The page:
The Grand Tour: Main Critics Sound Off on Namibia Holiday Special
The western coast of Namibia faces the Atlantic Ocean. Perfect location for a special about beach buggies, right? Maybe. It definitely didn’t go the way our favorite trio thought it would. From cold weather to dead ends to dunes as high as mountains, the terrain was punishing on both body and vehicle. In the end, they almost accomplished their objective but were forced to relinquish victory to Mr. Wilman.
This special is reminiscent of the Top Gear Africa special, where the guys spent an entire day navigating the salt pans in Botswana. Problem after problem plagues their journey, all the while a threatening Volkswagen Beetle lurks behind the group, a promise to the first driver who can’t coax their vehicle across the pans. Really, it’s reminiscent of all of the Top Gear specials. No news, no guests, no track times, just shenanigans and laughs, something I think every viewer had been missing.
One of the best things about this special is the sheer beauty of the environment it’s shot in.
“The quality of The Grand Tour’s work feels more appropriate for the BBC’s phenomenal Planet Earth series, rather than some geeky car show, and that’s doubly true of the entire Namibian saga.” Nearly every scene is a spectacular sweeping view of the Namibian coast or the Namib Desert or the tribal lands in the northern part of the country. These are the type of shots that make you pause and say, “My God, that’s breathtakingly beautiful.” Brandon Turkus of Autoblog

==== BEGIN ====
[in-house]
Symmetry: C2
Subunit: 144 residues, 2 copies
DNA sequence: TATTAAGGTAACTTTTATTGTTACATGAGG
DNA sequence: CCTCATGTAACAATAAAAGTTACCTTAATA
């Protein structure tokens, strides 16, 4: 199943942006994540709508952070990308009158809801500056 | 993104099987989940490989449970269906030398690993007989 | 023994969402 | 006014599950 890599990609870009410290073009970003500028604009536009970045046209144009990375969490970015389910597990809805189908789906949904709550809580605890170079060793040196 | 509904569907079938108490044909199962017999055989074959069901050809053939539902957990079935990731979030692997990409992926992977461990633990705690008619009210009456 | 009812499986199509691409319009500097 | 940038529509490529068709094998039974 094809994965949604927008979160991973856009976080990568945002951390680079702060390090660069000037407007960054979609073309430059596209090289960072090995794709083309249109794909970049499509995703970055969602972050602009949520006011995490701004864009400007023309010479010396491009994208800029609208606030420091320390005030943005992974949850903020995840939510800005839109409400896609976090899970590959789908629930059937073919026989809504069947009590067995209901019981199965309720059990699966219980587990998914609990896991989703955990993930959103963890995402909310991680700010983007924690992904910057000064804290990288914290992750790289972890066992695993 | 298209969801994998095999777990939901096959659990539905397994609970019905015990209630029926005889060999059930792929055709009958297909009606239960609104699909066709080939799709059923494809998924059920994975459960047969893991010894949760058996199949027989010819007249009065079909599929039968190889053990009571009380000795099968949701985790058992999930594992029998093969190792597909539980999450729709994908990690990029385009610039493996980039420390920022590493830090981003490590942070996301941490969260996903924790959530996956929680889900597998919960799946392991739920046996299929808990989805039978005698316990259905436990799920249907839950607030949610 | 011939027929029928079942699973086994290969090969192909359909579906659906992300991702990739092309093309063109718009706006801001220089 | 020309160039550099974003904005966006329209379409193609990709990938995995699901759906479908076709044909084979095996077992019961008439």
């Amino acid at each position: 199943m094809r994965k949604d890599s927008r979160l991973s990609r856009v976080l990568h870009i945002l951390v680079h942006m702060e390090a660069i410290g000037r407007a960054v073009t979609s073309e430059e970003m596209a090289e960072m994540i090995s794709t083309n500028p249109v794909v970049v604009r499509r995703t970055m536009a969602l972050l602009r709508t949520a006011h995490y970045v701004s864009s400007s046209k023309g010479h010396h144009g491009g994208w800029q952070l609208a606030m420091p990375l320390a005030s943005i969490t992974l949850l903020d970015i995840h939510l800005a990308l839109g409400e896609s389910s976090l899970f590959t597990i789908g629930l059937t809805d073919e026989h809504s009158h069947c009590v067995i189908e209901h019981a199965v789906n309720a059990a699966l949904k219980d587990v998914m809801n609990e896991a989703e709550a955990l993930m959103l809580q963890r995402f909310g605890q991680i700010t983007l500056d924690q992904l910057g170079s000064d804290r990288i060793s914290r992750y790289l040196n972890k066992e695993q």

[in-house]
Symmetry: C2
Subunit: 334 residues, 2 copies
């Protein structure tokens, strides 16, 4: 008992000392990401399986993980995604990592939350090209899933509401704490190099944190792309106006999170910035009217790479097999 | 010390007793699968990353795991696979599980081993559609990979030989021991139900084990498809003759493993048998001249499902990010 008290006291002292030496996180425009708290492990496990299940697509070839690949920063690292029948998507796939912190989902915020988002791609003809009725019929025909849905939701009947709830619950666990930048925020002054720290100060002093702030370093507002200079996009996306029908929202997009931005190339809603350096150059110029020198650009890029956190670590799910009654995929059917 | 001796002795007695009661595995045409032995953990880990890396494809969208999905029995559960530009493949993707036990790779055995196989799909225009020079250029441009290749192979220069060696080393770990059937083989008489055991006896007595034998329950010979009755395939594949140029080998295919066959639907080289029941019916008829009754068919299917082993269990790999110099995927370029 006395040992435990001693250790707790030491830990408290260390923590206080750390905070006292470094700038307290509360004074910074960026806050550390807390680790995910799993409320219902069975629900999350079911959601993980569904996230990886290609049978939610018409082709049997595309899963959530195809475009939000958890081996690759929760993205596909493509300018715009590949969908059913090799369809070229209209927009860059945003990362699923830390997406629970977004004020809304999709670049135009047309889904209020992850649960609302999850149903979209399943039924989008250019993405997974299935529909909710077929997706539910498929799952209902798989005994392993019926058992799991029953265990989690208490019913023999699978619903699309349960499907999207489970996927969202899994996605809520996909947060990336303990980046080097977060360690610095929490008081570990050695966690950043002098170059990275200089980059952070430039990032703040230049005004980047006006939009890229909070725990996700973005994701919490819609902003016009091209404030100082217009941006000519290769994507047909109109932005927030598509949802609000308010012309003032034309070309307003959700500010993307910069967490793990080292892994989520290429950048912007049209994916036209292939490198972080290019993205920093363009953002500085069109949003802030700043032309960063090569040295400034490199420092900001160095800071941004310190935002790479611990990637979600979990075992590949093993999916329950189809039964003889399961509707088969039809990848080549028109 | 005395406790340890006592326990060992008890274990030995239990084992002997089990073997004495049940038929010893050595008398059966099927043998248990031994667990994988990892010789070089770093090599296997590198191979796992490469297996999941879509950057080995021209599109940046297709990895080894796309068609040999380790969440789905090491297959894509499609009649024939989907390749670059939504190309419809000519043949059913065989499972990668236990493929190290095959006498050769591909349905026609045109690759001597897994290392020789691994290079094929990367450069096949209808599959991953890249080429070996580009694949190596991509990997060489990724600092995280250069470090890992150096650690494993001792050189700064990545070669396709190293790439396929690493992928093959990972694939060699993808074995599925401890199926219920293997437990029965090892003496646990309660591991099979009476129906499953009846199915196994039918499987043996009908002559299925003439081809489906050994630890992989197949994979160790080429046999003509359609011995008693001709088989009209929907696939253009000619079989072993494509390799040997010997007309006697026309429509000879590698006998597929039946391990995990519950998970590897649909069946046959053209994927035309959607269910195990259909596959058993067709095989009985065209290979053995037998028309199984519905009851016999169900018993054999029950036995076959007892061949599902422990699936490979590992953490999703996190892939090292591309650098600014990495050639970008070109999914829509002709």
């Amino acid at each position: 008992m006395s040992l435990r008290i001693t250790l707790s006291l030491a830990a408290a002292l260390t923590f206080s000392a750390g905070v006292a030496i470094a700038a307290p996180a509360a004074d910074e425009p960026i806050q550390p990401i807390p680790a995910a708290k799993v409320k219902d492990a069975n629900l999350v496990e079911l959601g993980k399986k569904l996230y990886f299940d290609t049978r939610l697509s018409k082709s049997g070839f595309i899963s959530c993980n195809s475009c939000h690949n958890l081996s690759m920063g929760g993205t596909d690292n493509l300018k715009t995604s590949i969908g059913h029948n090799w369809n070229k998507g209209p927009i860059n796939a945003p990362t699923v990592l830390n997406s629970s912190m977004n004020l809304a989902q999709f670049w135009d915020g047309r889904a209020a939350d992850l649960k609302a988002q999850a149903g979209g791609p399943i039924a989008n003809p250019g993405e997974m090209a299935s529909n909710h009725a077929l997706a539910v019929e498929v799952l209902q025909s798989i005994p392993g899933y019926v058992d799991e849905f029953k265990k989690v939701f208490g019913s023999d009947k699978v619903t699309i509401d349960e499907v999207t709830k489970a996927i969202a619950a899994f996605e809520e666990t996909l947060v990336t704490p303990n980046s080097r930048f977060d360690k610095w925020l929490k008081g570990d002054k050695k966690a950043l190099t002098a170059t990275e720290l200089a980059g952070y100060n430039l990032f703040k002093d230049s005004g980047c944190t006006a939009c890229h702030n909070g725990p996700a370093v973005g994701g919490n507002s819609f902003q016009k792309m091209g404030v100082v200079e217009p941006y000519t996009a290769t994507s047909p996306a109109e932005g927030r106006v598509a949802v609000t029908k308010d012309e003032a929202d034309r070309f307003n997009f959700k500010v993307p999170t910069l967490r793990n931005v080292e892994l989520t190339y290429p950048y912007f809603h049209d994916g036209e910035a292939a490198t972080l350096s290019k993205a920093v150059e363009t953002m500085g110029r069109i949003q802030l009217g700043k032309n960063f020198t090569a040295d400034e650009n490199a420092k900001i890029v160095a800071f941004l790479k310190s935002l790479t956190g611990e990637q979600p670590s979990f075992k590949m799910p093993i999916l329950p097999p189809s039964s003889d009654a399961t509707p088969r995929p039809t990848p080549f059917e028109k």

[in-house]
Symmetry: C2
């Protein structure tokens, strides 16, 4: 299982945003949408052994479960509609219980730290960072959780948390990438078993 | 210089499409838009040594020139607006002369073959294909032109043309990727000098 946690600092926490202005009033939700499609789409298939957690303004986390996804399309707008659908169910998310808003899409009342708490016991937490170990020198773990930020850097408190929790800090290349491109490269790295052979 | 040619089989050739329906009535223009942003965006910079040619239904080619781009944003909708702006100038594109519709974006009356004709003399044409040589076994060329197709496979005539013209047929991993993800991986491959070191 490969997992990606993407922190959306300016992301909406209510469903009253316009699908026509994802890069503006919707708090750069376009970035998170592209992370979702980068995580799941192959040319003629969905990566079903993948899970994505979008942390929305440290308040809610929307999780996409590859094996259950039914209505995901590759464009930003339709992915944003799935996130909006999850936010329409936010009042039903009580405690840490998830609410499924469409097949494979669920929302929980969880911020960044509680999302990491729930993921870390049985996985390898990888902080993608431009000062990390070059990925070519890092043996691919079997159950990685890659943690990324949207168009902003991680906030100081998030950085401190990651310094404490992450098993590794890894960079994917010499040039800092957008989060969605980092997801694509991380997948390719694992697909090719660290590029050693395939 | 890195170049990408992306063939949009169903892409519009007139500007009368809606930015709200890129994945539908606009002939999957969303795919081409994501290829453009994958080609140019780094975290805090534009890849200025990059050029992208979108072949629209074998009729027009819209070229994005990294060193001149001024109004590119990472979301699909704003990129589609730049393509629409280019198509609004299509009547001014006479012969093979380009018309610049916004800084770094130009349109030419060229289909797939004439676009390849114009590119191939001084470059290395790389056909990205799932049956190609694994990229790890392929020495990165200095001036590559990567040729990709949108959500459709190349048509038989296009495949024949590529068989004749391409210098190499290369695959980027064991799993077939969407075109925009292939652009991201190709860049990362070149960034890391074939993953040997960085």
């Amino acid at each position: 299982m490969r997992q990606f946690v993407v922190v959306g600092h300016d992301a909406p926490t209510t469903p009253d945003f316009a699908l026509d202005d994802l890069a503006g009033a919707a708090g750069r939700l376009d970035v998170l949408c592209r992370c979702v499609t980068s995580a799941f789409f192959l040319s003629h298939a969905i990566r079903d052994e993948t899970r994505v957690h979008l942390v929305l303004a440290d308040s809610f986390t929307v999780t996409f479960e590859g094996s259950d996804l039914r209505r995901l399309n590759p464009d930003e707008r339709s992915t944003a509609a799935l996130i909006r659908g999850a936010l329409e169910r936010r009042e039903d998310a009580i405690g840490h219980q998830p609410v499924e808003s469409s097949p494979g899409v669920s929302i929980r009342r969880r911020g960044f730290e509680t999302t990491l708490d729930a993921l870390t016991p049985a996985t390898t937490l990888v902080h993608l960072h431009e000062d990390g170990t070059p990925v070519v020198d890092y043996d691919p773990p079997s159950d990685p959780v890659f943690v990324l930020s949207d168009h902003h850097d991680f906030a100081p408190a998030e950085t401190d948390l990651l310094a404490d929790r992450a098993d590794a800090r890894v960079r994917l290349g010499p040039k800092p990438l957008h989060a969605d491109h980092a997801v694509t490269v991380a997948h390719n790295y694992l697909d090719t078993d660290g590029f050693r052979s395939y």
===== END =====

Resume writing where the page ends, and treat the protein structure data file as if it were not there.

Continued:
Despite the apparent beauty of the cinematography, the prevailing consensus seems to be that this is all a welcome departure from the usual episodes in the tent studio.
“The episodes are definitely proving to be the best episodes so far as there are no scripted jokes, no tent, no conversation street and specially no celebrity brain crash. This has shown the real grand tour acquiring their old Top Gear style.”- Asmita Kundu of International Business Times
“On the plus side, the absence of The Grand Tour tent meant we didn’t get any cringe-worthy studio segments.” – Martin Bigg of CarBuzz
“…the jaunt served both as advertisement for the bottomless resources of Jeremy Clarkson and cohorts’s new corporate backer, Amazon, and also as proof that the show works best setting aside the studio-based flummery… Thus, there was no tiresome Celebrity Brain Crash segment…” – Ed Power from the UK Telegraph agrees.
This could be a good popular indicator that the format Amazon is following with show isn’t working with viewers. The numbers might then be due to popularity of the presenters rather than gimmicky content. I, for one, continue to hope that a more “Stig-ish” replacement is found for the American, whom I feel tries a little to hard to be stereotypical and therefore humerous.
But while the format change was welcomed, it seems that the usual special configuration fell flat. In comparison to specials from the Top Gear age, car creativity seemed lacking.
“But there’s somehow a mismatch in the entertainment they’re having versus the entertainment they’re providing the viewer. You always get the sense that it was much, much more fun to film than it is for us to watch. Sadly, these homemade machines are part of that, as they lack the character of some of their previous machines on such epic journeys,” – Ally Heath of British GQ.